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New PM D/r Abiy Ahemed Asmara visit video

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Asmara is the capital city and largest city of Eritrea. Home to a population of just over 800,000 inhabitants it sits at an elevation of 2,325 metres (7,628 ft), the sixth highest capital in the world by altitude. The city is located at the tip of an escarpment that is both the northwestern edge of the Eritrean highlands and the Great Rift Valley in neighbouring Ethiopia. In 2017, the city was declared as a UNESCO World Heritage Site.

Asmara is situated in Eritrea's central Maekel Region. It is known for its well-preserved colonial Italian modernist architecture.The city is divided into thirteen districts or administrative areas: Acria, Abbashaul, Edaga Hamus, Arbaete Asmara, Mai Temenai, Paradizo, Sembel, Godaif, Maekel Ketema or Downtown, Tiravolo, Gejeret, Tsetserat and Gheza Banda.

Originally, according to Eritrean Tigrinya oral traditional history, there were four clans living in the Asmara area on the Kebessa Plateau: the Gheza Gurtom, the Gheza Shelele, the Gheza Serenser and Gheza Asmae. These towns were frequently attacked by clans from the low land and from the rulers of "seger mereb melash" (which now is a Tigray region in Ethiopia), until the women of each clan decided that to defeat their common enemy and preserve peace the four clans must unite. The men accepted, hence the name "Arbate Asmera". Arbate Asmara literally means, in the Tigrinya language, "the four (feminine plural) made them unite". Eventually Arbate was dropped and it has been called Asmara which means "they [feminine, thus referring to the women] made them unite". There is still a district called Arbaete Asmara in the Administrations of Asmara. It is now called the Italianized version of the word Asmara. The westernized version of the name is used by a majority of non-Eritreans, while the multilingual inhabitants of Eritrea and neighboring peoples remain loyal to the original pronunciation, Asmera.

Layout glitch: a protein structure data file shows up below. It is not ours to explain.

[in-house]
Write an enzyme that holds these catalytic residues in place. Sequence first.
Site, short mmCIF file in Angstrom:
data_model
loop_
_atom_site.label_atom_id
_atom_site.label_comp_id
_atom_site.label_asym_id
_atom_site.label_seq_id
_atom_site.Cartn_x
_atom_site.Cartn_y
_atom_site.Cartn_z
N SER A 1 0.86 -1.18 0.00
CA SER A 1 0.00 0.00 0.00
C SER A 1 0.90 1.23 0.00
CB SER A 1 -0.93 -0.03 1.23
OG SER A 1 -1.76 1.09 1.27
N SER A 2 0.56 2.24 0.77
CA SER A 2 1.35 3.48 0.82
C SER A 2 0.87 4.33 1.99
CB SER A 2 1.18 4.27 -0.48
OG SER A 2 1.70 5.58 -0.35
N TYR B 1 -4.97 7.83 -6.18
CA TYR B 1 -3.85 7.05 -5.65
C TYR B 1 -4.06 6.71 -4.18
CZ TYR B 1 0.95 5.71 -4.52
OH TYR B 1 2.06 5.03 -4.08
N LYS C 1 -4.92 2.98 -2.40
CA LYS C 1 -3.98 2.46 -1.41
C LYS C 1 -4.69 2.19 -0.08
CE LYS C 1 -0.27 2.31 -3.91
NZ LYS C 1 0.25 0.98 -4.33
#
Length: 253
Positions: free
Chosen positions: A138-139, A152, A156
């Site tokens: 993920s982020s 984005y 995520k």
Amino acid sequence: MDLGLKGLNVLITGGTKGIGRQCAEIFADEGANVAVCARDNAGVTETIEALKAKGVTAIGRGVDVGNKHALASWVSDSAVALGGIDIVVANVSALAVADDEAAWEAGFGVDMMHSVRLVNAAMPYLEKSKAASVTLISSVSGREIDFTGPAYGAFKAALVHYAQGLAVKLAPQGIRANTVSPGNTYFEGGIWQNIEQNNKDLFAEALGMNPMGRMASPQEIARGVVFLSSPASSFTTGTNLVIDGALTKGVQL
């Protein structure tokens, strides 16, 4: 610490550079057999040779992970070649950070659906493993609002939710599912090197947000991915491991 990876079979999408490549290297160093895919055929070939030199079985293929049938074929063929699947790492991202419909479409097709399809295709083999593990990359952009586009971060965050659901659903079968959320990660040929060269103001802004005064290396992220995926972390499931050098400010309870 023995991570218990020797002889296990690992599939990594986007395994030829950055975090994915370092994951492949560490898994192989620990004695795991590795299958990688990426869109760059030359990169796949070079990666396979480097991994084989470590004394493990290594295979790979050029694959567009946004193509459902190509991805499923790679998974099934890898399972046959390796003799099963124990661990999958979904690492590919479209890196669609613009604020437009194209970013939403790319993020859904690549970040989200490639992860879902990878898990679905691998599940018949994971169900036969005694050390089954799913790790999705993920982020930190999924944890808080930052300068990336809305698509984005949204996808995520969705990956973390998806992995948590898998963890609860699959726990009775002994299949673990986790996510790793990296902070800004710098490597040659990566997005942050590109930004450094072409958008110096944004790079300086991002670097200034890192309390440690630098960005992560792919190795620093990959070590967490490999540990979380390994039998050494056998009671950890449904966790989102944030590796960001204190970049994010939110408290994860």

The missionary Remedius Prutky passed through Asmara in 1751, and described in his memoirs that a church built there by Jesuit priests 130 years before was still intact

 


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